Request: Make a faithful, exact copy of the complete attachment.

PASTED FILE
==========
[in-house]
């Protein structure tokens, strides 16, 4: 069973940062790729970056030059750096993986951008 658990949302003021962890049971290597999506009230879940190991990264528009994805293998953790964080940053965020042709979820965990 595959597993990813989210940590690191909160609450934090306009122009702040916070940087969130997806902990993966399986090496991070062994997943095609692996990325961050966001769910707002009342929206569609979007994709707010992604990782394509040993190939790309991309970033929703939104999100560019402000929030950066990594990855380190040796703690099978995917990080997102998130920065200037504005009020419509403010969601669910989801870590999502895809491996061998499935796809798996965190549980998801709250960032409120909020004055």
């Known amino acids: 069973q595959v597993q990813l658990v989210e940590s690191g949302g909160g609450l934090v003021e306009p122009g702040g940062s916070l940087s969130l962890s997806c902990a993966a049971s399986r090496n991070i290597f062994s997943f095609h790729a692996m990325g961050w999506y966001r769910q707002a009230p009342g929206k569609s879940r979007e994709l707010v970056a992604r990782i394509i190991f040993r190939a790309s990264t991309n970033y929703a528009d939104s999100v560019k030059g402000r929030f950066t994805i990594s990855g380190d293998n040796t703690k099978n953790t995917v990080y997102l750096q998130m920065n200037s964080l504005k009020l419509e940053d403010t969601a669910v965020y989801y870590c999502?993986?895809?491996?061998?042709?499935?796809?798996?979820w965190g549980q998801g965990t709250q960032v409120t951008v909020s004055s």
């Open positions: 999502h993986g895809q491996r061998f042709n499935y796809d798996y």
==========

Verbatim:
[in-house]
């Protein structure tokens, strides 16, 4: 069973940062790729970056030059750096993986951008 658990949302003021962890049971290597999506009230879940190991990264528009994805293998953790964080940053965020042709979820965990 595959597993990813989210940590690191909160609450934090306009122009702040916070940087969130997806902990993966399986090496991070062994997943095609692996990325961050966001769910707002009342929206569609979007994709707010992604990782394509040993190939790309991309970033929703939104999100560019402000929030950066990594990855380190040796703690099978995917990080997102998130920065200037504005009020419509403010969601669910989801870590999502895809491996061998499935796809798996965190549980998801709250960032409120909020004055």
């Known amino acids: 069973q595959v597993q990813l658990v989210e940590s690191g949302g909160g609450l934090v003021e306009p122009g702040g940062s916070l940087s969130l962890s997806c902990a993966a049971s399986r090496n991070i290597f062994s997943f095609h790729a692996m990325g961050w999506y966001r769910q707002a009230p009342g929206k569609s879940r979007e994709l707010v970056a992604r990782i394509i190991f040993r190939a790309s990264t991309n970033y929703a528009d939104s999100v560019k030059g402000r929030f950066t994805i990594s990855g380190d293998n040796t703690k099978n953790t995917v990080y997102l750096q998130m920065n200037s964080l504005k009020l419509e940053d403010t969601a669910v965020y989801y870590c999502?993986?895809?491996?061998?042709?499935?796809?798996?979820w965190g549980q998801g965990t709250q960032v409120t951008v909020s004055s």
């Open positions: 999502h993986g895809q491996r061998f042709n499935y796809d798996y």